Nurses have always helped the American Red Cross fulfill its mission. Nurse volunteers provided Red Cross services in 1889 when floodwaters wiped out 1,600 homes in Johnstown, Pennsylvania. And this spring, nurse volunteers were in Oklahoma, Kansas and Iowa as the Red Cross opened shelters, provided emotional support and handed out relief supplies.
To ensure future generations of nurses, the Red Cross runs several programs that engage student nurse volunteers. Often fulfilling course clinical requirements in the process, students educate blood donors, teach preparedness skills, staff booths at health fairs and learn about community disaster response.
The Jane Delano Student Nurse Scholarship is another Red Cross program supporting student nurses. It advances nursing as a career option and involves new nurses in the Red Cross. Three student nurse volunteers are the most recent recipients.
As an AmeriCorps Volunteer at the American Red Cross of Montana (Great Falls), Christine Hyde recruited volunteers in the state’s 56 counties—increasing their numbers from under a dozen to more than 200. After AmeriCorps she stayed on as a volunteer, responding to disasters, coordinating disaster training, teaching health and safety courses and donating blood.
Currently pursuing a bachelor’s degree at the University of Colorado College of Nursing, Hyde says, “I often borrow two words from the Fundamental Principles of the Red Cross to describe the values by which I seek to conduct my career: Humanity and Impartiality.”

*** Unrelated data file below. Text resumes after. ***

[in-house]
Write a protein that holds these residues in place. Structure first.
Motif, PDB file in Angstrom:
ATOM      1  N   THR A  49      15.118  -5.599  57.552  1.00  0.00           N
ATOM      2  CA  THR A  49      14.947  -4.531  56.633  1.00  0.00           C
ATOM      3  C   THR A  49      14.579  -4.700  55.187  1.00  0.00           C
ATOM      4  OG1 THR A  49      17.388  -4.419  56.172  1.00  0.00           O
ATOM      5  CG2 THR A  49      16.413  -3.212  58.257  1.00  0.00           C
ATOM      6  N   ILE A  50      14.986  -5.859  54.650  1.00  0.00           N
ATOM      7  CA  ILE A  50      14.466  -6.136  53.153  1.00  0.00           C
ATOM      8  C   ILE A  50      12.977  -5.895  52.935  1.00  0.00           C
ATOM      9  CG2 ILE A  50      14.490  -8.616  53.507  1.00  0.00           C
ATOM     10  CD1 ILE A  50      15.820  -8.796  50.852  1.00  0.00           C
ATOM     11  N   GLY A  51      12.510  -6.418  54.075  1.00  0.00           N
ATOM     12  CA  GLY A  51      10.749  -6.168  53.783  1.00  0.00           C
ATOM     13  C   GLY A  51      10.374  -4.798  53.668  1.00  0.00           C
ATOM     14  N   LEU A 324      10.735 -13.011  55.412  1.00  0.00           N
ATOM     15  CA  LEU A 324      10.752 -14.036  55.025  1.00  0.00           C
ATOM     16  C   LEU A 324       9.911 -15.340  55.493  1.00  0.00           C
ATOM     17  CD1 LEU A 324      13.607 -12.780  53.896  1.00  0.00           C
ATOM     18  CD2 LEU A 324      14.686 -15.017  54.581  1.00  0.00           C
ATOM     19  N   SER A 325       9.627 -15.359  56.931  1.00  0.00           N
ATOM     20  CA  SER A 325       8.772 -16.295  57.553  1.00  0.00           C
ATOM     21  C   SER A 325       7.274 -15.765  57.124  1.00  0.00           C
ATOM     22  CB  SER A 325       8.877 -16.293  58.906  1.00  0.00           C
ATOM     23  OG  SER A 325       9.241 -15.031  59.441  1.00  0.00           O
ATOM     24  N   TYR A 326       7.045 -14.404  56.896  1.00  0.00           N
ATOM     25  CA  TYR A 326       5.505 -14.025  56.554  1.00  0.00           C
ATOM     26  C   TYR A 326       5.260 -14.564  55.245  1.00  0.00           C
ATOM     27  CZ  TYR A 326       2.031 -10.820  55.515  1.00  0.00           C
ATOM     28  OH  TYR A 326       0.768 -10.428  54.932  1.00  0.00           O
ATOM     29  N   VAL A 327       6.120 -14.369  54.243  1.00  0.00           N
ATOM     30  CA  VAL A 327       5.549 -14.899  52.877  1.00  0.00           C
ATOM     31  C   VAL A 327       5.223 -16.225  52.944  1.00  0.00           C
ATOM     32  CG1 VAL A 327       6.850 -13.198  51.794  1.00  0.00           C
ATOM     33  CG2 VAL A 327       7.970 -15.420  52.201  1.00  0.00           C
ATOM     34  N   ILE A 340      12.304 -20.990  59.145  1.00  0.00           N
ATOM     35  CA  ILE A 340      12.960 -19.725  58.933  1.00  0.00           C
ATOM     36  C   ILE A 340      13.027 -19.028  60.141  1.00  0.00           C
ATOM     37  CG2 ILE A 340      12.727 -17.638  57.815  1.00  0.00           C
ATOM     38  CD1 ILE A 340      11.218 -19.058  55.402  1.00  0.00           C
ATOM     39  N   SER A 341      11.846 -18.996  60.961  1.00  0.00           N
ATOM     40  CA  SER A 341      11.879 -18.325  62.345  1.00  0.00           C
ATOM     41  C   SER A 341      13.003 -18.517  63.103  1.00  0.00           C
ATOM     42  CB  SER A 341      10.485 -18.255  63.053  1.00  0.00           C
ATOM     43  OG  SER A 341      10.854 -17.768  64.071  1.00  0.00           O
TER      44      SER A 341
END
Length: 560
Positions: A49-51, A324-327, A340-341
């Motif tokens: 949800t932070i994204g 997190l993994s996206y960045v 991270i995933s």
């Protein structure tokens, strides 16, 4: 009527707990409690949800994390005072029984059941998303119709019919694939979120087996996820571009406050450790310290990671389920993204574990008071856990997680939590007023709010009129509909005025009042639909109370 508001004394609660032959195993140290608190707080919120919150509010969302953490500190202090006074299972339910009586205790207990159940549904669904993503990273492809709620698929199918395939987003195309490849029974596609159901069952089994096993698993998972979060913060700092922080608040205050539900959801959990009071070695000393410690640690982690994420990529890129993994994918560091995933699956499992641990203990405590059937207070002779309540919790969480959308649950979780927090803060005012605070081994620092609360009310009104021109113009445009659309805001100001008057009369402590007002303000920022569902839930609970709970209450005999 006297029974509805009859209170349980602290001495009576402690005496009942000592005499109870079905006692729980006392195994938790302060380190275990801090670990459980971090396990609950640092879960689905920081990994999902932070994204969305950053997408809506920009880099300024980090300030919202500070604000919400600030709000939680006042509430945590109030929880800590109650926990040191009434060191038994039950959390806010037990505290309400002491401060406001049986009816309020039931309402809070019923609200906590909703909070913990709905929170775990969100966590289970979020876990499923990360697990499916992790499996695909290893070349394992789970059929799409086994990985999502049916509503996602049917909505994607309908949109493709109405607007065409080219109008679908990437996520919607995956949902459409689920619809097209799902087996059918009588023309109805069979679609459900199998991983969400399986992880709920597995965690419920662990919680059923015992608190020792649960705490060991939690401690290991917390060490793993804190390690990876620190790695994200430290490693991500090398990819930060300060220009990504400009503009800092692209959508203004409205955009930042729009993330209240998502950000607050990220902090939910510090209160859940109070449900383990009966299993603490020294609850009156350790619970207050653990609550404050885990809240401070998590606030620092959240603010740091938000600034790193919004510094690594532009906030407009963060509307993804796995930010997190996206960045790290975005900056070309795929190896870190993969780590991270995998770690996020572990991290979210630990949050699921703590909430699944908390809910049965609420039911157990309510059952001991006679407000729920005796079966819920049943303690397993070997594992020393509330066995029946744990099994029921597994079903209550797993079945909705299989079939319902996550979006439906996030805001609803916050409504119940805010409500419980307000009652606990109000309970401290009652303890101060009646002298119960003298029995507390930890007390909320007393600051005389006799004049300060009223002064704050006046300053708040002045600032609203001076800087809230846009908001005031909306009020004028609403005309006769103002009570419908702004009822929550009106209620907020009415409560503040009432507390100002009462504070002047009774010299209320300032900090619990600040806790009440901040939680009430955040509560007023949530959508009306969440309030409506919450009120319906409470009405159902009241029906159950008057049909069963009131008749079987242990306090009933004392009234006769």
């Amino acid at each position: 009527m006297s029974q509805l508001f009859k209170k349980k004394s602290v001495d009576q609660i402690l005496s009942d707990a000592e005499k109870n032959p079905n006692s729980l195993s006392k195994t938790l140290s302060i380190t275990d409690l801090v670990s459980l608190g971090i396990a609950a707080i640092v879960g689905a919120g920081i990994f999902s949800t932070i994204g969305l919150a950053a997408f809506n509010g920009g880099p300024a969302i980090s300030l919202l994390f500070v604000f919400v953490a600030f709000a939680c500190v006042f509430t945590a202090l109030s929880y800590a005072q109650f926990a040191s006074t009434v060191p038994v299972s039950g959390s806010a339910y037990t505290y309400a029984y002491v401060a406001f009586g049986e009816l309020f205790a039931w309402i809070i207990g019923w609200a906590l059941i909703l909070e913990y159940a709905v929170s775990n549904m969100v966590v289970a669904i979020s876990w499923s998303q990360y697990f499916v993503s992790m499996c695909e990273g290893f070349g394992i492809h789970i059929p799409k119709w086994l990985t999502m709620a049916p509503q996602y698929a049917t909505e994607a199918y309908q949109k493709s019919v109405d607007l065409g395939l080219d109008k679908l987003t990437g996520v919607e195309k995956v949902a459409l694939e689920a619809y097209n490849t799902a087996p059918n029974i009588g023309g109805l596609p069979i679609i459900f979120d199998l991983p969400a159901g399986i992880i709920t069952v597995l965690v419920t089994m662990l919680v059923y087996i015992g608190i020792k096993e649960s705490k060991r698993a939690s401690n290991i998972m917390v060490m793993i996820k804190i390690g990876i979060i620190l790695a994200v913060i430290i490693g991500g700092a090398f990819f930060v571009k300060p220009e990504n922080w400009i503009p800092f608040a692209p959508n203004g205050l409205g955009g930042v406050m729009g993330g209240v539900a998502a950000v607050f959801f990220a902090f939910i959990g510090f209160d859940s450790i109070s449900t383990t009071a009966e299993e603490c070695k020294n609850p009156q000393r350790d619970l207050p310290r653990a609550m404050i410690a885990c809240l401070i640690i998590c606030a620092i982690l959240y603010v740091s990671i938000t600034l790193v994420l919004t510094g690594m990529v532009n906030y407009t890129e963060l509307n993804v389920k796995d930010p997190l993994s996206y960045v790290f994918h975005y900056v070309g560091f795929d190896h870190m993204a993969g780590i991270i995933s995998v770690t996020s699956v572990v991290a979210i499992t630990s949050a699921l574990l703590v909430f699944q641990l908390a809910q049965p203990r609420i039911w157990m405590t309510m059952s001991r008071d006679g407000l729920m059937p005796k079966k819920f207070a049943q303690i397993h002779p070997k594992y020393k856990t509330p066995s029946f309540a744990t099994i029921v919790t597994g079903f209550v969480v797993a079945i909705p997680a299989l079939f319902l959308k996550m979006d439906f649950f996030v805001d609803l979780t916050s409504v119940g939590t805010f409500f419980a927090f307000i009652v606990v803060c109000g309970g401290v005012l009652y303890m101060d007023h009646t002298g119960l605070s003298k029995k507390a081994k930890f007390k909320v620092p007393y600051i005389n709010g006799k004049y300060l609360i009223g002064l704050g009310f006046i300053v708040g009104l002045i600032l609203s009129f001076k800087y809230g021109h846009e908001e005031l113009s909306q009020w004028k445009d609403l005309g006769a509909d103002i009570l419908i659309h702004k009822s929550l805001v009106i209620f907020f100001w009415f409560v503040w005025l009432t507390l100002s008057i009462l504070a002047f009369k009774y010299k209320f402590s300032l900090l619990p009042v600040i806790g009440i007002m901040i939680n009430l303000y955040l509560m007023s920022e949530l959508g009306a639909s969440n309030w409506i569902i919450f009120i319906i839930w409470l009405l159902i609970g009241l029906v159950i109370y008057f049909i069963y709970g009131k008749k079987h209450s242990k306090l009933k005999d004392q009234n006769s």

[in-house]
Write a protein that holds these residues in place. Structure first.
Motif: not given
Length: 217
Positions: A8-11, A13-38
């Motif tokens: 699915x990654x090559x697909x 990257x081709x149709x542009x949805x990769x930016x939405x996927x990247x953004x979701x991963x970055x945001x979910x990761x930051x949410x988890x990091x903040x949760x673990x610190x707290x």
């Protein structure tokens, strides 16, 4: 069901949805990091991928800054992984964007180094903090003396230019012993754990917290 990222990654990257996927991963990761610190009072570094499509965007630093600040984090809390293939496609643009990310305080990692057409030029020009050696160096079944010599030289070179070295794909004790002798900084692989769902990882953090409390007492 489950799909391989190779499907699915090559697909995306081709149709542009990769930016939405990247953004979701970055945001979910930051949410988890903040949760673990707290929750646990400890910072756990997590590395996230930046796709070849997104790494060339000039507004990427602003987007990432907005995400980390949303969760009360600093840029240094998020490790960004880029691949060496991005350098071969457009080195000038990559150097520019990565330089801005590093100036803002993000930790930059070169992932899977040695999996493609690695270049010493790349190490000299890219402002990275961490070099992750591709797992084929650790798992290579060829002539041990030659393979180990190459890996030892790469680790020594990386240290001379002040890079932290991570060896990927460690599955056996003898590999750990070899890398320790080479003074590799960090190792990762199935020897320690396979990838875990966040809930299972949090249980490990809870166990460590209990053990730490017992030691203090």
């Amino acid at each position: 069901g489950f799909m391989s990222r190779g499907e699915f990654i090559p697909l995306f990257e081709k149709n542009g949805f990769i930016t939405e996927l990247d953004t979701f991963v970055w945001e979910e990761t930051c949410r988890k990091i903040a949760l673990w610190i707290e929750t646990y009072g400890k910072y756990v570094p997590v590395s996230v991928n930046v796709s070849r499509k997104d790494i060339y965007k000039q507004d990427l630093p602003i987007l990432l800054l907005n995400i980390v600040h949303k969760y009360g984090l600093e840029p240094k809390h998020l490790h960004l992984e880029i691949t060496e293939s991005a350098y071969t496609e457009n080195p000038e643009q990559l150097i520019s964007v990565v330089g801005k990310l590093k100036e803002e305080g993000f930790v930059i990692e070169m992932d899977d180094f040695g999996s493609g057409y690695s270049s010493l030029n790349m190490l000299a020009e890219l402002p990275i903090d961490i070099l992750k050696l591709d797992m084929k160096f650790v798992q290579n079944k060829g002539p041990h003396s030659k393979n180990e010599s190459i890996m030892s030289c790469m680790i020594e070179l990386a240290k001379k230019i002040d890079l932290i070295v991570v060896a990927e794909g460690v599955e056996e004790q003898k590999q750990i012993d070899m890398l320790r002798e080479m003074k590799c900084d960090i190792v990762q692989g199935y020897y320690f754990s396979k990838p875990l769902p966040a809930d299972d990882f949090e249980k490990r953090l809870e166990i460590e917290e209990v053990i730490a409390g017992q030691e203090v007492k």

Janeen Jansen, a volunteer with the American Red Cross of Southwestern New Mexico (Las Cruces), strives to involve fellow nursing students in the Red Cross. She recruits students from a nearby nursing school as disaster volunteers, and this year arranged for the Red Cross to address the New Mexico State University School of Nursing General Assembly, the institution at which she is a B.S. candidate.
Also a member of the chapter’s local Disaster Action Team, Jansen says, “It is an honor and a privilege…being a ray of hope in the life of another and to have the personal satisfaction of knowing you did the best you possibly could for another.”
A Red Cross nurse volunteer since 2002, Springer has served as a leader, an instructor and a disaster responder. She developed the Disaster Health Services arm at the Central Minnesota Chapter (St. Cloud), and is currently working with national headquarters to develop a Disaster Health Services curriculum for the National Student Nurses Association.
After graduation from the Doctor of Nursing Practice Program at the University of Minnesota, Springer plans to continue as a Red Cross Disaster Health Services advisor and support the goals of the American Red Cross National Nurses Committee, a body on which she once served. She also hopes to be part of a Red Cross nursing center under consideration in Minnesota.
Student nurse volunteers have numerous opportunities to serve and advance their skills at the Red Cross. To volunteer, contact the Red Cross State Nurse Liaison in your area or your local Red Cross.